Food will be shared and Christmas music will chime in the background, but staff at public radio station KTOO will be wrapping gifts instead of opening them.
KTOO staff are donating time and money to the Adopt-A-Family program at the St. Vincent de Paul Society. At the station holiday party Thursday, about 20 staff members will wrap and label gifts and make cards for their adopted family of 10, said Cheryl Levitt, development director for KTOO.
Many of the needy families who enroll in one of the three Adopt-A-Family programs in town - at St. Vincent de Paul, the AWARE shelter or the Salvation Army - are adopted for the holidays by offices or businesses.
Ten of the 20 families adopted through the Salvation Army this Christmas have been adopted by offices, said Maj. Nila Fankhauser. Co-workers sometimes adopt families in conjunction with a Christmas party, or they forgo the party and adopt a family instead.
"I think it's just a way of them helping in the community," Fankhauser said. "I just had a lady come in and they said (her office) had so much fun doing it."
Thirty-two of the 70 families adopted through the St. Vincent de Paul Society so far this year were adopted by offices, said Sebastian Lilienthal, an aid administrator for the nonprofit organization. The offices provide a consistent source of donations for the program.
"We send out a letter to offices that have donated in the past reminding them and usually every single one of them responds," Lilienthal said.
Employees of the Research and Analysis section of the Alaska Department of Labor have adopted a family every year for at least the last seven years, said Amy Soden, who is helping organize the effort this year.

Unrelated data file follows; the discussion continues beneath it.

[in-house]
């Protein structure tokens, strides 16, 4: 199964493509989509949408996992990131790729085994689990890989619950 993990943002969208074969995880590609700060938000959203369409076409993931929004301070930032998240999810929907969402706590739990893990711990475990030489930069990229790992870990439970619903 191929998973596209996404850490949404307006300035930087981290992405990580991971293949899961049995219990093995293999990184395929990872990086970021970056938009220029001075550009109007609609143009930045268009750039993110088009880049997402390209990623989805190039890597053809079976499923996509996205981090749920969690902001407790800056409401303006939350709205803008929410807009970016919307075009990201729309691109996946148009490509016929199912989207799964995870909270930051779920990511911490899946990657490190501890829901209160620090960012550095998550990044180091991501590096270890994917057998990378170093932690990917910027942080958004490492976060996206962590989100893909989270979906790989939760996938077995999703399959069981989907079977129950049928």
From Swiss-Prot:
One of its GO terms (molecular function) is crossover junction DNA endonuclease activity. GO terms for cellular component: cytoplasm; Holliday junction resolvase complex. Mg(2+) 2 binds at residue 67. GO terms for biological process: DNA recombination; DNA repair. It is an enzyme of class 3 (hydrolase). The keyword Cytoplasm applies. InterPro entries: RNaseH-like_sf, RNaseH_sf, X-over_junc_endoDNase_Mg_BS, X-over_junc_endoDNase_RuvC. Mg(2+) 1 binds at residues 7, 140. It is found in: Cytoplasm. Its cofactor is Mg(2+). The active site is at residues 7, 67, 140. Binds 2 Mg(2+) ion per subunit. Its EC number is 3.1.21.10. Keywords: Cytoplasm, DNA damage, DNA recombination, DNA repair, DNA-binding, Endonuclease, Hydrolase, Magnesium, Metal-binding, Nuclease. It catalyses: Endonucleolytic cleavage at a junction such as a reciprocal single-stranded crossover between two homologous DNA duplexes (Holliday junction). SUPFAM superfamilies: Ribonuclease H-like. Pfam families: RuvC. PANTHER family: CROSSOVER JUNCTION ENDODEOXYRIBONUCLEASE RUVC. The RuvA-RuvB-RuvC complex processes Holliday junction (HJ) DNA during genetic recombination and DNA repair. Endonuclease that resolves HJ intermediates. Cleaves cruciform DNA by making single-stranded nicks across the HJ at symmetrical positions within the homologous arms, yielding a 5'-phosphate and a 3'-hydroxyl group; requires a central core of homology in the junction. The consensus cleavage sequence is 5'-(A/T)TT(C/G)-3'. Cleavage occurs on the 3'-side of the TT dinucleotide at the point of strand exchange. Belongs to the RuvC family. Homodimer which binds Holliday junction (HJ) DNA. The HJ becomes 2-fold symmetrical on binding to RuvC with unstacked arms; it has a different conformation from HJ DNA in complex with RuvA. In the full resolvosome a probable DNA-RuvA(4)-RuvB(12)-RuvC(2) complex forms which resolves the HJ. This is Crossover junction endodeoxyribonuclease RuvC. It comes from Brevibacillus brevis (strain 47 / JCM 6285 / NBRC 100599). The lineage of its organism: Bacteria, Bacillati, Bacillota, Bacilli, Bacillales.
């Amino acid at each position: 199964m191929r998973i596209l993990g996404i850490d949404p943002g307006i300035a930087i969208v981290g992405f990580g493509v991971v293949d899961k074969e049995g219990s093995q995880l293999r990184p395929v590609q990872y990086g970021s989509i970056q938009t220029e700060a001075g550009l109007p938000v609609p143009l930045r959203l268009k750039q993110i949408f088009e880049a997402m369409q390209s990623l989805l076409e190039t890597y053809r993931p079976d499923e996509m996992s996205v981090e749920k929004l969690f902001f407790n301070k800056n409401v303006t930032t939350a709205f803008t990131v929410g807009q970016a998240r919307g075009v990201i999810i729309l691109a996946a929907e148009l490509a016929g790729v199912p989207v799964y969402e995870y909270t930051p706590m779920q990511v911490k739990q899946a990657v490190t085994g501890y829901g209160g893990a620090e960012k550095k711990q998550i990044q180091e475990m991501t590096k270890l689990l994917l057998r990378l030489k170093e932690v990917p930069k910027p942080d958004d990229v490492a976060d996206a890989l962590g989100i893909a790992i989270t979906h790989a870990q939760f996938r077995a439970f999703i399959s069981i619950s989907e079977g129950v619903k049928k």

Most of the 40 employees in the office either buy a gift for the office's adopted family or donate money for a holiday food basket for the family, Soden said.
Mostly the co-workers participate because they enjoy sharing in the holiday spirit, Soden said. But the adopted families may reap the rewards of some friendly intra-office competition.
"I don't really think it's peer pressure, but I know there's a couple people who like to see how good of gifts they can get," she said.
Co-workers who pool their resources can make more of an impact on the community, said Becky Weimer, a legal assistant with Faulkner Banfield. She helped organize the 16 employees of the law firm to buy holiday presents for a family of six.
Employees of Faulkner Banfield choose which family member they'd like to buy presents for. Weimer creates a spreadsheet to make sure every family member is taken care of, then collects the wrapped presents.
With 10 days left before Christmas, the St. Vincent de Paul Society has 30 families waiting to be adopted. The AWARE shelter has found sponsors for 23 families and is looking for sponsors for four remaining families. Presents must be brought to the shelter by Dec. 21 and to the St. Vincent de Paul Society by Dec. 20.